LONDON - BTG plc, an intellectual property management company specializing in biosciences and electronics, plans to invest in genomics technologies and companies with part of the proceeds from a #121 million (US$179 million) rights issue announced last week.

Rusi Kathoke, chief financial officer, told BioWorld International, "We intend to spend #5 million forming a dedicated entity, which can then go ahead and raise more money to commercialize genomics technology. Last year $1.9 billion was raised on Nasdaq for genomics; this is small next to that. We want to pull together a range of research which we will source globally."

BTG, based in London, will put a further #10 million of the money into genomics start-ups. "We want people to know we are interested in helping start-ups. We hope people will come to us with proposals that meet our criteria."

Of the rest of the fund raising, BTG plans to invest up to #9.5 million in the early stage development of drug candidates in oncology, #1.5 million per annum developing compounds in neurodegenerative diseases, and #35 million to push Varisolve, a non-surgical technique for treating varicose veins developed by BTG, through regulatory approvals and launch. Varisolve is being commercialized through a separate company, Provensis Ltd., which is 100 percent owned by BTG.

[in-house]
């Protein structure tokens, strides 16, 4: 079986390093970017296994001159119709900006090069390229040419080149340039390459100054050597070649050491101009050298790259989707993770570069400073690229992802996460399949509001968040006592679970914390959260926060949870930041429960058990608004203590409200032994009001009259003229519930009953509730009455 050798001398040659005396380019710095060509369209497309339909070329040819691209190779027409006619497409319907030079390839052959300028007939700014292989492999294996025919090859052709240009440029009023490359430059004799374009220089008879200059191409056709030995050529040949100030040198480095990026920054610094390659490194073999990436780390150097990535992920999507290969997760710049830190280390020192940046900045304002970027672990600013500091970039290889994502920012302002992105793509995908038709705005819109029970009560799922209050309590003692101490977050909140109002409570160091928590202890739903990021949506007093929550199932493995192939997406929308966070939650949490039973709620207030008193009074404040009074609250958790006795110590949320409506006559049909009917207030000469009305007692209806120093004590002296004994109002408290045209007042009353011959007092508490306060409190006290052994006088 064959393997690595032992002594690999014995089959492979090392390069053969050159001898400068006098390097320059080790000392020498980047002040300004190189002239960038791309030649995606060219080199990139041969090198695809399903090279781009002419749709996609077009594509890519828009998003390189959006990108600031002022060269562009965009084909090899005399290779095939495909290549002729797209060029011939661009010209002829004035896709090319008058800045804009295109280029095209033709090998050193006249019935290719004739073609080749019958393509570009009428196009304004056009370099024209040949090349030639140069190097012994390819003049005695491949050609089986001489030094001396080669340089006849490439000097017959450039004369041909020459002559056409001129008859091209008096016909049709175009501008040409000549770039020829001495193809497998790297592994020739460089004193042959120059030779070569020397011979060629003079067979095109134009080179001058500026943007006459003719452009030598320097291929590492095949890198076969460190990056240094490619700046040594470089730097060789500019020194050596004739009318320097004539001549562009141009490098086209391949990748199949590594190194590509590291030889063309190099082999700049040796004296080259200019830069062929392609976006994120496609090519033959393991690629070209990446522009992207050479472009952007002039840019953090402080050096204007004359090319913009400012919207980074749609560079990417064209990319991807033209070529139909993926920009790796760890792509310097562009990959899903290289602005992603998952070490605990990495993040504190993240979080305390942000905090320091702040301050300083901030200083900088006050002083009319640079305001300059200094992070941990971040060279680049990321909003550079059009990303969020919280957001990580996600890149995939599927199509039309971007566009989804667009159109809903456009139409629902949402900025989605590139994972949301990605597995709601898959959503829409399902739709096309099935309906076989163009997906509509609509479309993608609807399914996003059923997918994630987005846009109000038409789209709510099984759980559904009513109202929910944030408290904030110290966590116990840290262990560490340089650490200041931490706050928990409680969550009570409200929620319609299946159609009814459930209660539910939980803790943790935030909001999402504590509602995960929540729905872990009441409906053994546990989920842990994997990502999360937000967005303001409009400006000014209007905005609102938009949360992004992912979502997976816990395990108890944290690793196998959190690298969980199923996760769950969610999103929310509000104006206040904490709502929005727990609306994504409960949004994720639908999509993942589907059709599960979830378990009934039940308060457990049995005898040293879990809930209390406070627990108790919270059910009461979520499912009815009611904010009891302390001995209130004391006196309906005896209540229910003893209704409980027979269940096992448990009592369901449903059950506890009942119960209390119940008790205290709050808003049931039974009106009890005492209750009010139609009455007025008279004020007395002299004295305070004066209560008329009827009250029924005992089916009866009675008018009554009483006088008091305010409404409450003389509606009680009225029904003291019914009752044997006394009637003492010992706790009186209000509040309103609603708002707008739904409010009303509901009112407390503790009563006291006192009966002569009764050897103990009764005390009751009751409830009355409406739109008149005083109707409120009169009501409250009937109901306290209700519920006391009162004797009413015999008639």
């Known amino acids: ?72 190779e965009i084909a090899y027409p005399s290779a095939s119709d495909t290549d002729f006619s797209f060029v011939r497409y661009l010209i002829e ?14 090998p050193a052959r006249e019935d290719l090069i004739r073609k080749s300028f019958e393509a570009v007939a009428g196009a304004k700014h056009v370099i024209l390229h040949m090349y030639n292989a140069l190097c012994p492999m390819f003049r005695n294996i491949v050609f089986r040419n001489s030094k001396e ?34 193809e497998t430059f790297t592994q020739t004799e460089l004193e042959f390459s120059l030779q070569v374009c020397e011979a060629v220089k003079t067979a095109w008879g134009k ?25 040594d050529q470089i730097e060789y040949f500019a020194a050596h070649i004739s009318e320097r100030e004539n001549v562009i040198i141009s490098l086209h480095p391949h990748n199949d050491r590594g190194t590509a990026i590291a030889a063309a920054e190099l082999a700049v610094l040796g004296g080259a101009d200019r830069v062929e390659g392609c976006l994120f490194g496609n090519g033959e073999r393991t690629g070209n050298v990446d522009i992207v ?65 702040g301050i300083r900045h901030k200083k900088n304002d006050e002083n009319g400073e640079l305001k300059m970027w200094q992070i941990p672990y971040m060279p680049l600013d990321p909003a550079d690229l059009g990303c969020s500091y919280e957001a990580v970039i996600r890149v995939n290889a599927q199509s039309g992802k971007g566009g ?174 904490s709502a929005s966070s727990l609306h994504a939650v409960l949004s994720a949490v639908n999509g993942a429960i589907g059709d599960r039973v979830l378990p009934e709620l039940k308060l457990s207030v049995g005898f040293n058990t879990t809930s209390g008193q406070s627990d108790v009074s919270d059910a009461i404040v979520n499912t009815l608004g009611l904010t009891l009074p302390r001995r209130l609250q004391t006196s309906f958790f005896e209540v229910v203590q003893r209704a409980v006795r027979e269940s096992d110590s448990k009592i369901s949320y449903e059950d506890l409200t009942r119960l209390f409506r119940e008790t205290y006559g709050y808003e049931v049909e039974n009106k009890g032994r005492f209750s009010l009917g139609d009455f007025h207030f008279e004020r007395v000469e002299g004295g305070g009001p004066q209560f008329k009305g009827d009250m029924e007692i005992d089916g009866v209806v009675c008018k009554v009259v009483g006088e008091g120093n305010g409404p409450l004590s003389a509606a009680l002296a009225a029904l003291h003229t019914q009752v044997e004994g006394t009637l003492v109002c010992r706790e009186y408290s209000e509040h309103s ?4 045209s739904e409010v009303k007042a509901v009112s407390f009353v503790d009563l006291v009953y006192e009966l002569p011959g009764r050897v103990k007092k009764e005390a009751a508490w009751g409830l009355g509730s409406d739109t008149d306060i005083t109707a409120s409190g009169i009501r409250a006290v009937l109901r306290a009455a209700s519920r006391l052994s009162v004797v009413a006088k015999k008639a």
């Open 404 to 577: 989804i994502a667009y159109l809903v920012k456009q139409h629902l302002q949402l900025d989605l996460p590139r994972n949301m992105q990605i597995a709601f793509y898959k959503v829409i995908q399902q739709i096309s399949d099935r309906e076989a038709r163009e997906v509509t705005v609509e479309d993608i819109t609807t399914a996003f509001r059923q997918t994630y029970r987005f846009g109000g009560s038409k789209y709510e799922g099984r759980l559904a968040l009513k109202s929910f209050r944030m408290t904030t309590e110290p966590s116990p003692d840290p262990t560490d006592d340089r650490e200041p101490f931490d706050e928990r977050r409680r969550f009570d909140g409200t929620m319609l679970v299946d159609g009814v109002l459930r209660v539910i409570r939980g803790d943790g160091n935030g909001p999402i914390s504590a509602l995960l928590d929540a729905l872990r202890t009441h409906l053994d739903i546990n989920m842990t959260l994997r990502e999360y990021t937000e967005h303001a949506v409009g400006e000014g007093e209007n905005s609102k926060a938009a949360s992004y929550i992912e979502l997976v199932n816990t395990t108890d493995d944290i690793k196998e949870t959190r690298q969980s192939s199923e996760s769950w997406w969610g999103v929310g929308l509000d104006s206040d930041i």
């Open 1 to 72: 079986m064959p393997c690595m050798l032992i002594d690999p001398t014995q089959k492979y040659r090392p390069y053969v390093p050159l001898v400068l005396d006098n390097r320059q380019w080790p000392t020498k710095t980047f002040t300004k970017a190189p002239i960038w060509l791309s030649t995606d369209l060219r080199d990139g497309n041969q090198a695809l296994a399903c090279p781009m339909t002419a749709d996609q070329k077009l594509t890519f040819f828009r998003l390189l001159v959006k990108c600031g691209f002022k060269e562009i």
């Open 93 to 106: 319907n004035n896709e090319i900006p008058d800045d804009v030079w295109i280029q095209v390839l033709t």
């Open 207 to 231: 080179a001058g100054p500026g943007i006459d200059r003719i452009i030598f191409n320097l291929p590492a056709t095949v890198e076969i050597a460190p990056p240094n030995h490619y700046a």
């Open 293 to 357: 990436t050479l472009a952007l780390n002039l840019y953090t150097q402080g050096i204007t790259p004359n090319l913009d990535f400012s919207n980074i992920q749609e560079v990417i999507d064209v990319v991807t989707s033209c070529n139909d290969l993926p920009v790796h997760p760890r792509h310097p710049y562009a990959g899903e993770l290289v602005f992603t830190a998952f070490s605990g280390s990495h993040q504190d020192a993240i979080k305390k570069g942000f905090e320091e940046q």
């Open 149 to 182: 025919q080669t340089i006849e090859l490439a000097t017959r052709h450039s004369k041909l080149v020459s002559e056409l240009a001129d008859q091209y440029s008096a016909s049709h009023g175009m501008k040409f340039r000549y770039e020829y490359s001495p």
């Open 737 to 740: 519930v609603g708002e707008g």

BTG already has seen two cancer products through to the market, and Kathoke said the company currently has "a few" compounds in development and is looking for more. "We have sourced compounds from as far apart as Poland and New Zealand. We are particularly interested in novel approaches, across a wide range of cancer types. We have the skills to place promising compounds with the most appropriate development center, where we will fund the development program.

"The money raised will enable us to put six new compounds a year through that process - though we recognize a lot will fail."

In CNS disorders, Kathoke said BTG has identified a number of compounds for the treatment and prevention of Alzheimer's and Parkinson's diseases. It has begun discussions with biotechnology companies with which it plans to develop compounds through preclinical and clinical phases.

The company also is planning to expand in the U.S., and will be setting up an office on its West Coast.

The 1-for-9 rights issue of 10.46 million shares at #12 each is underwritten by Credit Suisse First Boston Ltd.

BTG was formed from two government technology transfer agencies, the National Enterprise Board and the National Research and Development Corp., and floated in 1995. It has licensed technology to several biotechnology companies, including Peptide Therapeutics plc, Alizyme plc and CeNeS plc.

CEO Ian Harvey said the value of intellectual property rights is increasingly recognized by both the originators of the technology and investors. "The ability to commit financial resources in addition to BTG's own intellectual property and related expertise will materially improve [our] competitive position."

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